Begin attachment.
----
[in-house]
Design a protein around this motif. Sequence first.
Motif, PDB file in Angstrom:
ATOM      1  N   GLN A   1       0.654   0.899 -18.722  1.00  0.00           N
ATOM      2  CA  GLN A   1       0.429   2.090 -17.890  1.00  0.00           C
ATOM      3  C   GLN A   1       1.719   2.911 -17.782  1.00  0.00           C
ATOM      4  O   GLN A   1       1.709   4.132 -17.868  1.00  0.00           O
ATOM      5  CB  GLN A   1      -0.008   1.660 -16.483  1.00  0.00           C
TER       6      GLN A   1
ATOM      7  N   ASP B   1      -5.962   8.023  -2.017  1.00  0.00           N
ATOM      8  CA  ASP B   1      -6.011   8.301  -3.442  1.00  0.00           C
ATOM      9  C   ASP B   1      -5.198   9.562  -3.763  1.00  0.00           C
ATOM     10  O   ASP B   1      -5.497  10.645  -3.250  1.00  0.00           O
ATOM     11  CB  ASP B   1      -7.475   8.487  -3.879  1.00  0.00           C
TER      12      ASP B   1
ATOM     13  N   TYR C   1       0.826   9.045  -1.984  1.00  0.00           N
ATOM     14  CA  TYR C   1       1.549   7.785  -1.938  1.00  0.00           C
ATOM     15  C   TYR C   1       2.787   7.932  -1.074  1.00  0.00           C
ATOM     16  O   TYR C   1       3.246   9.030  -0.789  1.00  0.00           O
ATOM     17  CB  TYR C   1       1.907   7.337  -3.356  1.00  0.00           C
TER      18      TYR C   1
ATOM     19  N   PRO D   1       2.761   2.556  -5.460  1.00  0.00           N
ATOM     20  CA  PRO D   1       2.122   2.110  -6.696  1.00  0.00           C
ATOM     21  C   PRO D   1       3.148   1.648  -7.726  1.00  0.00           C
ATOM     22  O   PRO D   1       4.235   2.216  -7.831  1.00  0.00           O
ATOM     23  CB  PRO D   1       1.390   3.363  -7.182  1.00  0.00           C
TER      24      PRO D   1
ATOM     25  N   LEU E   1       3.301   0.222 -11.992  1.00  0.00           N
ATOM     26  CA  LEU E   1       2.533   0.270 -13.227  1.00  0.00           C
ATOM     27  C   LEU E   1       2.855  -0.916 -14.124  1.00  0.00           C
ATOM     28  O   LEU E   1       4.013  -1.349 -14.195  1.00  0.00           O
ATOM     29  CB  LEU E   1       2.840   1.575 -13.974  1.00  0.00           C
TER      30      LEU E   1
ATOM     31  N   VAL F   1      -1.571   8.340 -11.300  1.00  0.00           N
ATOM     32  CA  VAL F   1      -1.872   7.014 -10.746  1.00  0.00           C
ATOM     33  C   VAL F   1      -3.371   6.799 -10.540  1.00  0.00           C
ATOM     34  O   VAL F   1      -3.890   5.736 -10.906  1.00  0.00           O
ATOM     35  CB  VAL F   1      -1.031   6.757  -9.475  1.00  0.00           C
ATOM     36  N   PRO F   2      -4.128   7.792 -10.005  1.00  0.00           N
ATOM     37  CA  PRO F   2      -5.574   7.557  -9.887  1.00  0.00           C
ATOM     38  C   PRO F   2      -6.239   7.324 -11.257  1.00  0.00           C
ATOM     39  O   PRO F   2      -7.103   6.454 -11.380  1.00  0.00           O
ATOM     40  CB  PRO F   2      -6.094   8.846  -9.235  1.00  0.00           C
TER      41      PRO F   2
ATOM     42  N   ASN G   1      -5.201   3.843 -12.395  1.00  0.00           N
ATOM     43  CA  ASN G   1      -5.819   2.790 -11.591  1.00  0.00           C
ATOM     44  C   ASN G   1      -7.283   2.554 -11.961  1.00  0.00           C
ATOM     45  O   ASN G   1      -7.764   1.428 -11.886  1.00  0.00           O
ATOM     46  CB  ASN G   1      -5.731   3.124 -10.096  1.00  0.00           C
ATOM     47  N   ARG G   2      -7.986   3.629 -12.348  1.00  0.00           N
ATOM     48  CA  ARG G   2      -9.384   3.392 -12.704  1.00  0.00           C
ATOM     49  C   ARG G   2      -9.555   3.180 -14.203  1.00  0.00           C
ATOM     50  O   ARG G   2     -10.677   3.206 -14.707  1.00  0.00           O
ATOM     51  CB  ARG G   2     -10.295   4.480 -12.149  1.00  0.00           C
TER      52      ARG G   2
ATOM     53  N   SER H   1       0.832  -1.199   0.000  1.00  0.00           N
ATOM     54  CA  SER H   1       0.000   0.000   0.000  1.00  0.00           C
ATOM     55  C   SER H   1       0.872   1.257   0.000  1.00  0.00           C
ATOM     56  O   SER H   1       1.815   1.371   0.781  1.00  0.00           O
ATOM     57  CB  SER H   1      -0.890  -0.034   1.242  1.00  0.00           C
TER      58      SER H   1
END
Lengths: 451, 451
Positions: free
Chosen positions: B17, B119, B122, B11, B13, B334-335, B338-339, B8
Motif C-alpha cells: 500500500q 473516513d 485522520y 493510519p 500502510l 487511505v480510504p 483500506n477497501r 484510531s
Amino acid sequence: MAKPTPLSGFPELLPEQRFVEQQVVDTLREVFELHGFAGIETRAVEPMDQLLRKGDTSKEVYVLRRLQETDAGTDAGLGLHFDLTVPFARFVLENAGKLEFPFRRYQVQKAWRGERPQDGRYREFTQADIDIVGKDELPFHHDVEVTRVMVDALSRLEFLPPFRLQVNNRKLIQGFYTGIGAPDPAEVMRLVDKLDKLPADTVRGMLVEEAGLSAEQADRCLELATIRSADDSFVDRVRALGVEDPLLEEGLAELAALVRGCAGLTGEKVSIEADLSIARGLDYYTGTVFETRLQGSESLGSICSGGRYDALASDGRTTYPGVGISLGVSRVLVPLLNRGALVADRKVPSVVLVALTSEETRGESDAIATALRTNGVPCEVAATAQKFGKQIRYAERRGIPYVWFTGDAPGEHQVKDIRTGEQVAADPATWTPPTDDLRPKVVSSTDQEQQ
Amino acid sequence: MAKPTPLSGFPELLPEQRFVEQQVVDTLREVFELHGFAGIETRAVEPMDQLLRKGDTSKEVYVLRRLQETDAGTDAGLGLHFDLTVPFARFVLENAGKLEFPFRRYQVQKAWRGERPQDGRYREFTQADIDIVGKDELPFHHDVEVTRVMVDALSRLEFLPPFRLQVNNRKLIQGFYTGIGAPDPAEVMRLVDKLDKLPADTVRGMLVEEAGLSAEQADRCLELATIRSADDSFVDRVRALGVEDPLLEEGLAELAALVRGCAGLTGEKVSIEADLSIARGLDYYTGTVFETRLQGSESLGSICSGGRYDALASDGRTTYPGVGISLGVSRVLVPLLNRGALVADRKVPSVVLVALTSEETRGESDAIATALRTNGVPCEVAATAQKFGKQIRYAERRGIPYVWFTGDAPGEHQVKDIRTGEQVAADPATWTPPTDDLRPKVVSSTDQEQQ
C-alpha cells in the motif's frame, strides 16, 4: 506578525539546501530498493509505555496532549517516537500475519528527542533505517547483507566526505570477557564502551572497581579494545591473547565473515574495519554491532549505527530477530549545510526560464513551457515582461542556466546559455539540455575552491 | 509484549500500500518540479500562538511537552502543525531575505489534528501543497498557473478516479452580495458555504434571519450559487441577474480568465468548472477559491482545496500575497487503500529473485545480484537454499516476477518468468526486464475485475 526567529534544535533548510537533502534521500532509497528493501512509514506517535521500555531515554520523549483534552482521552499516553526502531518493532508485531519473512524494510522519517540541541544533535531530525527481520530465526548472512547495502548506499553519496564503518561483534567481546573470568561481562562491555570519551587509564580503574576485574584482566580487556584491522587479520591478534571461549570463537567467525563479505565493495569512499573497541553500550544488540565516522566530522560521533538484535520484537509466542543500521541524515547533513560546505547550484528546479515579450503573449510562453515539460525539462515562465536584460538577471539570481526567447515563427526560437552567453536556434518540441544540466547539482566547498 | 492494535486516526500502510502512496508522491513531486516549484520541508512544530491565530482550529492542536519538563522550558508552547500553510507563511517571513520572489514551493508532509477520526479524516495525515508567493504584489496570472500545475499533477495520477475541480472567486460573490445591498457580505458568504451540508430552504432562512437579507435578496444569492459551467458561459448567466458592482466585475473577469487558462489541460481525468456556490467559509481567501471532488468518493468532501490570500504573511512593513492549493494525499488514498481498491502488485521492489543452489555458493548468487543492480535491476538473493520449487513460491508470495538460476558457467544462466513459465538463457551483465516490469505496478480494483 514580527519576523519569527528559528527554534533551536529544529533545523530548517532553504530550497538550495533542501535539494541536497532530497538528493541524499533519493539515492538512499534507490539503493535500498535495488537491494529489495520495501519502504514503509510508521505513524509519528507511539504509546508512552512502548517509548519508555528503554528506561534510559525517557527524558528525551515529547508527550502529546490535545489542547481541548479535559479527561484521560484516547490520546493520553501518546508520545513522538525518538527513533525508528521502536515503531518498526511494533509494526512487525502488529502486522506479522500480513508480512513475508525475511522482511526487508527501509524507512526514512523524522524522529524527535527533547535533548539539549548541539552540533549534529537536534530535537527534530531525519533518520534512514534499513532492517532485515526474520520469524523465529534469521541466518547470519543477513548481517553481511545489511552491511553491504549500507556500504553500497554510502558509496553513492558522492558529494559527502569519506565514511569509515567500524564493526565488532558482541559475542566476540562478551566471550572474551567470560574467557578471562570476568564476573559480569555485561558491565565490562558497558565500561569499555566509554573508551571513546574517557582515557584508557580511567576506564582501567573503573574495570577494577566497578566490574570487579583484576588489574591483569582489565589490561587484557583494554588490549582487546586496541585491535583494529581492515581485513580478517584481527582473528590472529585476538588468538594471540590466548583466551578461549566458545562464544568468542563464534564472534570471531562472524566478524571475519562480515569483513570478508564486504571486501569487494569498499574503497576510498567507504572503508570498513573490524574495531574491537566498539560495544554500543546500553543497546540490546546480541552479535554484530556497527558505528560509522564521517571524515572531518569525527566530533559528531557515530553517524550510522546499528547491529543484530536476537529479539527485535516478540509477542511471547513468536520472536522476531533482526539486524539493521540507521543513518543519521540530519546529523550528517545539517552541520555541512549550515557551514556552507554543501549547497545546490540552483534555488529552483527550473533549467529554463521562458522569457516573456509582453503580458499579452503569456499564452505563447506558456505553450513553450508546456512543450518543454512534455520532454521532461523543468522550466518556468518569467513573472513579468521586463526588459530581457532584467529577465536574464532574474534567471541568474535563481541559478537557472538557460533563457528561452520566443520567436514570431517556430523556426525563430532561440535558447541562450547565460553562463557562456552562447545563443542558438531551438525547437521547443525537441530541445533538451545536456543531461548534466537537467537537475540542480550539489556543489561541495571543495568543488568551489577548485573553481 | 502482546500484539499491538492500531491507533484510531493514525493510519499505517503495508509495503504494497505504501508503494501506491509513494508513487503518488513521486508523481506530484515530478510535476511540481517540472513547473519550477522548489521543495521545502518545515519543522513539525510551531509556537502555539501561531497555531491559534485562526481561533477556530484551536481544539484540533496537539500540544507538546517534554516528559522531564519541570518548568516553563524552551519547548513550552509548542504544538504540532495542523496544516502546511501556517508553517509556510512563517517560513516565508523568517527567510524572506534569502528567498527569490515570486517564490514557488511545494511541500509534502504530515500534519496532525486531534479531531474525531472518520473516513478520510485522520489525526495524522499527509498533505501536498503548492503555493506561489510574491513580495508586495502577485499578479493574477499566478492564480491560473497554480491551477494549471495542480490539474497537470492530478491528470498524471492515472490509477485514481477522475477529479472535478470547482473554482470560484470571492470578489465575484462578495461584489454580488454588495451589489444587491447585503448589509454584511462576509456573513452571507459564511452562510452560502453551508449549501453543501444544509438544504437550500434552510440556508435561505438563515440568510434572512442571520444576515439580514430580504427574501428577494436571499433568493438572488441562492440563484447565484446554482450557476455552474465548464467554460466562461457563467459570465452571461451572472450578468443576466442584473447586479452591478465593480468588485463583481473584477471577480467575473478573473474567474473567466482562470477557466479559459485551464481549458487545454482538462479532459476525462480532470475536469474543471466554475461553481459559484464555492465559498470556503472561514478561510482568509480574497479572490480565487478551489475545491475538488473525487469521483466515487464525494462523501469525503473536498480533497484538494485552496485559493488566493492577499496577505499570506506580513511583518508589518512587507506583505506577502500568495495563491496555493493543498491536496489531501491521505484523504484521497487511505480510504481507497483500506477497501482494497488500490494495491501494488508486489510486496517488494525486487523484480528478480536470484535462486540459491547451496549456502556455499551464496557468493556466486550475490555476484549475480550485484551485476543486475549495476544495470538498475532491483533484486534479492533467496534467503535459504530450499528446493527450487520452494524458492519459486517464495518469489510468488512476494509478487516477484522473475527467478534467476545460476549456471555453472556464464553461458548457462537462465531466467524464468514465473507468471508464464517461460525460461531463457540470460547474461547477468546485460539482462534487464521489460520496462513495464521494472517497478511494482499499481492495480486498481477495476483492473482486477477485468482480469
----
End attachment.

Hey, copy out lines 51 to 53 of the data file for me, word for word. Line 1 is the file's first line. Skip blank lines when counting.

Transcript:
ATOM     48  CA  ARG G   2      -9.384   3.392 -12.704  1.00  0.00           C
ATOM     49  C   ARG G   2      -9.555   3.180 -14.203  1.00  0.00           C
ATOM     50  O   ARG G   2     -10.677   3.206 -14.707  1.00  0.00           O